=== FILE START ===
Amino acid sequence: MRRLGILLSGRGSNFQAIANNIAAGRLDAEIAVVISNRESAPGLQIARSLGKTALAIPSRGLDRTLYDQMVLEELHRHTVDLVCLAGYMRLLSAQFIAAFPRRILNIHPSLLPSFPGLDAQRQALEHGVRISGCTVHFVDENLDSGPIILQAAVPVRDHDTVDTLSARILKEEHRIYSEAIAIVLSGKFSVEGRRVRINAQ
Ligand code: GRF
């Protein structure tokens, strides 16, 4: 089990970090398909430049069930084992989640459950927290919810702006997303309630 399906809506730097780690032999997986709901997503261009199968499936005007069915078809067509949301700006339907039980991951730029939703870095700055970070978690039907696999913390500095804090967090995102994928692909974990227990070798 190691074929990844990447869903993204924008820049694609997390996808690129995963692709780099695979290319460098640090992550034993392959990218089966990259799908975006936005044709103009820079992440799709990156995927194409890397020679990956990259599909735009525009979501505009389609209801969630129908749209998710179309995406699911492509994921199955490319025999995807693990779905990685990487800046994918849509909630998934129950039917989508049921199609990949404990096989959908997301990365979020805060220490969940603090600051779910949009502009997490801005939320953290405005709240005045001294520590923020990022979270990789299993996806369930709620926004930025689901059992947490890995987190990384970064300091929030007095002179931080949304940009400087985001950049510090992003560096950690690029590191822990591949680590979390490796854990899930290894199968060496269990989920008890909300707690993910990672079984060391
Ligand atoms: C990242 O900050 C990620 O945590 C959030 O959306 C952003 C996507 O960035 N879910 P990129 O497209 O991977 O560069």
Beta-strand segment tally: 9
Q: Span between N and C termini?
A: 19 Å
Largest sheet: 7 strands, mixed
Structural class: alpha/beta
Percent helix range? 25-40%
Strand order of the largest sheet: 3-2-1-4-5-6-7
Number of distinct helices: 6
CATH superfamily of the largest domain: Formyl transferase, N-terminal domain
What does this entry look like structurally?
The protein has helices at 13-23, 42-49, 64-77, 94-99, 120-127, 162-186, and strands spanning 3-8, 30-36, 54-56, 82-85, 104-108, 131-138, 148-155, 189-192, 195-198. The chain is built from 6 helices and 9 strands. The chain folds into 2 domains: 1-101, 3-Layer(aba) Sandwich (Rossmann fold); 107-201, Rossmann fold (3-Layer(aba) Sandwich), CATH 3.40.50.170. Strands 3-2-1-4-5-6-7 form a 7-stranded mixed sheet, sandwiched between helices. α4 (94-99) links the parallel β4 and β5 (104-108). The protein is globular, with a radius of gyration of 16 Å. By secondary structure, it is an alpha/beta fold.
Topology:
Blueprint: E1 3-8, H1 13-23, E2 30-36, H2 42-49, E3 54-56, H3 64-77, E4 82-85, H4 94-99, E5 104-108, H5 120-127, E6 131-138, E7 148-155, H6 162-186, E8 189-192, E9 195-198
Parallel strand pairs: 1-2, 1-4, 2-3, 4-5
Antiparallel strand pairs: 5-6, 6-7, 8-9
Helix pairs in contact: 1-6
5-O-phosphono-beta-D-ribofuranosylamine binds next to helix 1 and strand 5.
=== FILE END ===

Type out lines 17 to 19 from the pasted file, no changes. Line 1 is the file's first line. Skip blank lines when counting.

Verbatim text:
Blueprint: E1 3-8, H1 13-23, E2 30-36, H2 42-49, E3 54-56, H3 64-77, E4 82-85, H4 94-99, E5 104-108, H5 120-127, E6 131-138, E7 148-155, H6 162-186, E8 189-192, E9 195-198
Parallel strand pairs: 1-2, 1-4, 2-3, 4-5
Antiparallel strand pairs: 5-6, 6-7, 8-9